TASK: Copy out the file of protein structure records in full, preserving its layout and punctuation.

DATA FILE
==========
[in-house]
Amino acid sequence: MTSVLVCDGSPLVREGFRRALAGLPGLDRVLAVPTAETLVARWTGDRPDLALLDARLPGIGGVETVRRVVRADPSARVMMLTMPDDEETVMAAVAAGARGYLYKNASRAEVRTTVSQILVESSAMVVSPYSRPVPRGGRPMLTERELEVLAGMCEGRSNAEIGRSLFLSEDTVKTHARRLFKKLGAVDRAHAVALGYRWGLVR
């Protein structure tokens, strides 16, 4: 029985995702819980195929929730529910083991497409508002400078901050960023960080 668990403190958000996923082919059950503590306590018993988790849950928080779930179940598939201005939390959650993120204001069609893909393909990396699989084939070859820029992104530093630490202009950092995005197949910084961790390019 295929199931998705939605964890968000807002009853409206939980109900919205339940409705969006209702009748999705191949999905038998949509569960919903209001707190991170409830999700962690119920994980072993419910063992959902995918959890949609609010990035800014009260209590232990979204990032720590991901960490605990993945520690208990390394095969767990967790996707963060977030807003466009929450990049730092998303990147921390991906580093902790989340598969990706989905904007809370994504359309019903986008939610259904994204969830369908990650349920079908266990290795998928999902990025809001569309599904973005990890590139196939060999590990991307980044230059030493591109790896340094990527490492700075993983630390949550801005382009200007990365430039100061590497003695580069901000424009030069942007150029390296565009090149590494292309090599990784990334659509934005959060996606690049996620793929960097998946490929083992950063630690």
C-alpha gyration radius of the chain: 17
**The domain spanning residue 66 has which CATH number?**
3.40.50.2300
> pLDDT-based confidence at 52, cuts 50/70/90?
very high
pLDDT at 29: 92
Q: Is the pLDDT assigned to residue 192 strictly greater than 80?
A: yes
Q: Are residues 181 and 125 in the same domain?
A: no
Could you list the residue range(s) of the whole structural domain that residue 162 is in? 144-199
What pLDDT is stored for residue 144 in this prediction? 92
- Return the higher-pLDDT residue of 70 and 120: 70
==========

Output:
[in-house]
Amino acid sequence: MTSVLVCDGSPLVREGFRRALAGLPGLDRVLAVPTAETLVARWTGDRPDLALLDARLPGIGGVETVRRVVRADPSARVMMLTMPDDEETVMAAVAAGARGYLYKNASRAEVRTTVSQILVESSAMVVSPYSRPVPRGGRPMLTERELEVLAGMCEGRSNAEIGRSLFLSEDTVKTHARRLFKKLGAVDRAHAVALGYRWGLVR
């Protein structure tokens, strides 16, 4: 029985995702819980195929929730529910083991497409508002400078901050960023960080 668990403190958000996923082919059950503590306590018993988790849950928080779930179940598939201005939390959650993120204001069609893909393909990396699989084939070859820029992104530093630490202009950092995005197949910084961790390019 295929199931998705939605964890968000807002009853409206939980109900919205339940409705969006209702009748999705191949999905038998949509569960919903209001707190991170409830999700962690119920994980072993419910063992959902995918959890949609609010990035800014009260209590232990979204990032720590991901960490605990993945520690208990390394095969767990967790996707963060977030807003466009929450990049730092998303990147921390991906580093902790989340598969990706989905904007809370994504359309019903986008939610259904994204969830369908990650349920079908266990290795998928999902990025809001569309599904973005990890590139196939060999590990991307980044230059030493591109790896340094990527490492700075993983630390949550801005382009200007990365430039100061590497003695580069901000424009030069942007150029390296565009090149590494292309090599990784990334659509934005959060996606690049996620793929960097998946490929083992950063630690």
C-alpha gyration radius of the chain: 17
**The domain spanning residue 66 has which CATH number?**
3.40.50.2300
> pLDDT-based confidence at 52, cuts 50/70/90?
very high
pLDDT at 29: 92
Q: Is the pLDDT assigned to residue 192 strictly greater than 80?
A: yes
Q: Are residues 181 and 125 in the same domain?
A: no
Could you list the residue range(s) of the whole structural domain that residue 162 is in? 144-199
What pLDDT is stored for residue 144 in this prediction? 92
- Return the higher-pLDDT residue of 70 and 120: 70